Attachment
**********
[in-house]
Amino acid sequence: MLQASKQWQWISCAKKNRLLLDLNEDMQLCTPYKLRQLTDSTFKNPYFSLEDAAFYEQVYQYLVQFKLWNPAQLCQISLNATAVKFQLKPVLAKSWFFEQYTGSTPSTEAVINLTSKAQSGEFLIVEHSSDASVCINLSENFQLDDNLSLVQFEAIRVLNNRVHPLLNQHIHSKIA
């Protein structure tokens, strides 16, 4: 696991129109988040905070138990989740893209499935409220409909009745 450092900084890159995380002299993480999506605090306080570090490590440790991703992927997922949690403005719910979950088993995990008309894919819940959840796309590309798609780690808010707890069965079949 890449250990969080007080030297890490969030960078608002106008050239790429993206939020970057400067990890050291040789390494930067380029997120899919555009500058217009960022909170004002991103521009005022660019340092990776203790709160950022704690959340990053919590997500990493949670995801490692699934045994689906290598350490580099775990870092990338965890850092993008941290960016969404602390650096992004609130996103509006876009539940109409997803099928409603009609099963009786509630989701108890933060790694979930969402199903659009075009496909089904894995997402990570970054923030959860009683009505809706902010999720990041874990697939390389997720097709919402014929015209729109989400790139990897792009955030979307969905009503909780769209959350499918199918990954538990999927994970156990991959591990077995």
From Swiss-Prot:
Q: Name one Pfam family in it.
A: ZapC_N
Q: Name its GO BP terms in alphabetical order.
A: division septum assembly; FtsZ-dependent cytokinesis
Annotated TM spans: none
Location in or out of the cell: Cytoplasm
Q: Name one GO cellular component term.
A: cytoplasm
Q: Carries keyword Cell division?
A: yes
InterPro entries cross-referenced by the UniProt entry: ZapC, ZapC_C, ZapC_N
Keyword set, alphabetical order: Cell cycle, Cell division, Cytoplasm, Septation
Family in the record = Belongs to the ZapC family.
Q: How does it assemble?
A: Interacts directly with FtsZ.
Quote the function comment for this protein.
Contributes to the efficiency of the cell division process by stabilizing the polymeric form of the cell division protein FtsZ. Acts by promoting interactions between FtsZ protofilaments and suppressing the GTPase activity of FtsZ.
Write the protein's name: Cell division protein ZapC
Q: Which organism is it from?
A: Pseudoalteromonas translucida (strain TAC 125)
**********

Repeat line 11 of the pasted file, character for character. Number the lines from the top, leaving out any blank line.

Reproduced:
Q: Name one GO cellular component term.